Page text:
www.baltimoresun.com/news/maryland/howard/laurel/ph-ll-st-marys-0912-20130911,0,4019368.story

baltimoresun.com

St. Mary's breaks ground on new parish center

By Sara Toth, stoth@tribune.com

6:05 AM EDT, September 12, 2013

Advertisement

A building almost a decade in the making is finally about to take shape on the corner of Main Street and St. Mary's Place in Laurel.

St. Mary of the Mills Parish broke ground on a new parish center Sunday, Sept. 8, with much fanfare as hundreds gathered for the occasion, parish officials said.

"I look forward to seeing the even bigger shovels in the ground, but it's a tremendous feeling of joy, seeing all the hard work, all the planning and fundraising come together," said Monsignor Michael Mellone, pastor of St. Mary's Parish. "We've been working on this for a good number of years now."

Mellone said construction will get underway on the $7 million, 31,000 square-foot facility by the end of this month or the beginning of October . The Keesler Center is being named after the late Msgr. Robert Keesler, who served as pastor of St. Mary's from 1967 to1971 and, after his retirement, served as pastor emeritus at St. Mary's. Upon his death at age 97 in 2006, he was the longest-serving pastor in the Archdiocese of Washington, with a tenure of 69 years.

"He was a very caring man," said Rick Wilson, a St. Mary's parishioner and member of the church's building committee. "One of my favorite things to remember is him presiding over a Latin Mass once a week when he was still healthy, in his early 90s. He left money to the parish, and we thought it was fitting to put it toward the center and name it after him."

The center is expected to be completed in a year, and will be fashioned in the style of Laurel's now-gone historic mills.

"Look at where we're at," said Donald Kutzera, the church's project manager for the new center. "It's in historic Laurel and it's a stone's throw away from where the original [Laurel Cotton] mill stood. It's going to enhance Main Street a great deal as far as its heritage is concerned."

It's been a long road to get to the groundbreaking, said former pastor Monsignor Michael Wilson. The parish has been raising the funds for more than seven years, and construction was supposed to being in spring 2011. But work was delayed as the church raised more money — $4 million total from parishioners, and the other $3 million in loans, Mellone said.

The building will stand in the place of St. Mildred Hall, built in 1923 and demolished in December 2010 after being used for community events like dances, plays, graduation ceremonies, athletic events and overflow for holiday Mass. The hall was even used for church services during St. Mary's reconstruction in the 1950s. Mellone said he hopes the new center lasts as long as St. Mildred.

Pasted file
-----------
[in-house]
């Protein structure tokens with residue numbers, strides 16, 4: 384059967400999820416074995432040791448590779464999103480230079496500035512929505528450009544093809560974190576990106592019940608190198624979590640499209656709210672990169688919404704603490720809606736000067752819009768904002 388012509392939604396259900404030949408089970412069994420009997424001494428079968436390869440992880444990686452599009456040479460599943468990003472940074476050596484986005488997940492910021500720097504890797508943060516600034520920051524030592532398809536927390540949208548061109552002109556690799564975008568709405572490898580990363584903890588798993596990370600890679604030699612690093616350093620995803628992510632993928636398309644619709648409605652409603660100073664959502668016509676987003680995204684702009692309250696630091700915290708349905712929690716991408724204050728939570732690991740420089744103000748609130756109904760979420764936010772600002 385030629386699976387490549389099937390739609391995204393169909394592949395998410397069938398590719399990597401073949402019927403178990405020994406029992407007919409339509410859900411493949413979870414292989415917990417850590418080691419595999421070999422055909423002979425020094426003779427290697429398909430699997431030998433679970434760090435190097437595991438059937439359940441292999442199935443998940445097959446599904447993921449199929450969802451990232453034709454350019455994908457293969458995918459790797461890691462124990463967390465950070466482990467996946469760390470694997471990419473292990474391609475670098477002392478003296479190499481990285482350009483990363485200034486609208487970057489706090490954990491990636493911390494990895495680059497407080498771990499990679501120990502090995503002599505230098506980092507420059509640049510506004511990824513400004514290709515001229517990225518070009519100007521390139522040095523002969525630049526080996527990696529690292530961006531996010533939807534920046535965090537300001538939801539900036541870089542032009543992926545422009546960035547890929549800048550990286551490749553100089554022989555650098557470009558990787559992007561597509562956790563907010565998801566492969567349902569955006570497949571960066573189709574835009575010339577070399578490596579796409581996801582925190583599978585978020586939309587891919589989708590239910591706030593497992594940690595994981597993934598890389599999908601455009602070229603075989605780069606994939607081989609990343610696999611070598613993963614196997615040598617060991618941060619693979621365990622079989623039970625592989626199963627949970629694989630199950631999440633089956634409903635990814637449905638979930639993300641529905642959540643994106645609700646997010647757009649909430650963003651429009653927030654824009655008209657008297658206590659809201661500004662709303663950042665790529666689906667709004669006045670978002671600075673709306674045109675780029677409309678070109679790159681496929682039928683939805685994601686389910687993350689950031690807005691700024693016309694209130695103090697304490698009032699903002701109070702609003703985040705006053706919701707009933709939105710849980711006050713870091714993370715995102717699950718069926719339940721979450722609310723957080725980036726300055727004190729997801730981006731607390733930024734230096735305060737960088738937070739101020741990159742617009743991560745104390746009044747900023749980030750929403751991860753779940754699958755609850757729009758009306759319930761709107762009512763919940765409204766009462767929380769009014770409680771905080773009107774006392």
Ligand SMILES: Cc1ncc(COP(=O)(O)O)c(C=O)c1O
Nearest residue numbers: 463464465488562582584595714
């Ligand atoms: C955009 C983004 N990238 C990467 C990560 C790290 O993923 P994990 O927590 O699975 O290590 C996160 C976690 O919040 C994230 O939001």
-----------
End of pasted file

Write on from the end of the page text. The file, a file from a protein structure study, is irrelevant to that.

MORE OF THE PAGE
'Feel like we're at home'

After St. MildredHall was demolished, both the church and St. Mary of the Mills School were using the nearby Phelps Center for events, classes and meetings. That's not going to be the case anymore, as the Keesler Center will feature a gym, a stage, a commercial kitchen, a large meeting space and smaller meeting spaces.

"It means we won't have to go rent out space for our kids to play sports anymore — it will be right there for them to use," Kutzera said. "We won't be as restricted in what we can do."

The Rev. William Carloni, St. Mary's associate pastor, said it will be nice to use the new center and "it will be nice to feel like we're at home there.

"We have a large community and a very active parish, and this center has certainly been a parish effort," he said. "It's been the result of a generous response and collaboration of many people putting together their time, talent and treasure. This is something we can celebrate together, and it will bring us even closer as a community, having this to enjoy together."

The Keesler Center will also include the Pallotti Early Learning Center, which is currently housed at adjacent St. Vincent Pallotti High School and is run by the Pallotine Sisters. Now the day care will be under the umbrella of St. Mary's, and the only difference other than the location, Rick Wilson said, is that the employees will now be paid by the diocese rather than the Sisters.

Beautiful change

Mellone "took up the gauntlet," Kutzera said, of continuing the planning work on the new center after the departure of Wilson, who was pastor at St. Mary's from 2002-2011. Now pastor at Our Lady Star of the Sea Parish in Solomons, Wilson was the one to start planning on the Keesler Center.

"I really came on in the middle," Mellone said. "So many parishioners had already been committed to this for years, and I think it was a kind of blessing that the planning had already been started. Often times, it's more difficult getting people to be enthusiastic about a large project that's going to be around for a long time. Once that endeavor has been committed to, it's almost easier to come in and keep it going."

St. Mary's — both the church and the school — are growing, so the space was need, Wilson said, and will be "a wonderful addition to the parish as well as the city."

"It's a very vibrant community," said the former pastor. "We needed a place to gather, so this willl be a real blessing. It'll be a great asset to the school and the city, and it's been a long time coming. It's going to be a wonderful gift when it gets here. It'll be busy all the time."

As he has watched the stretch of buildings along St. Mary's Place change over the years, Kutzera said it's been "fantastic" to see the community grow.

"You don't always get to see change as beautiful as what's happened up here with St. Mary's," he said. "The parish has changed, the people have changed as the city has grown. But, you know, the basic love in St. Mary of the Mills is still the central theme here. God's hand is always right there to guide us through whatever we need to get through."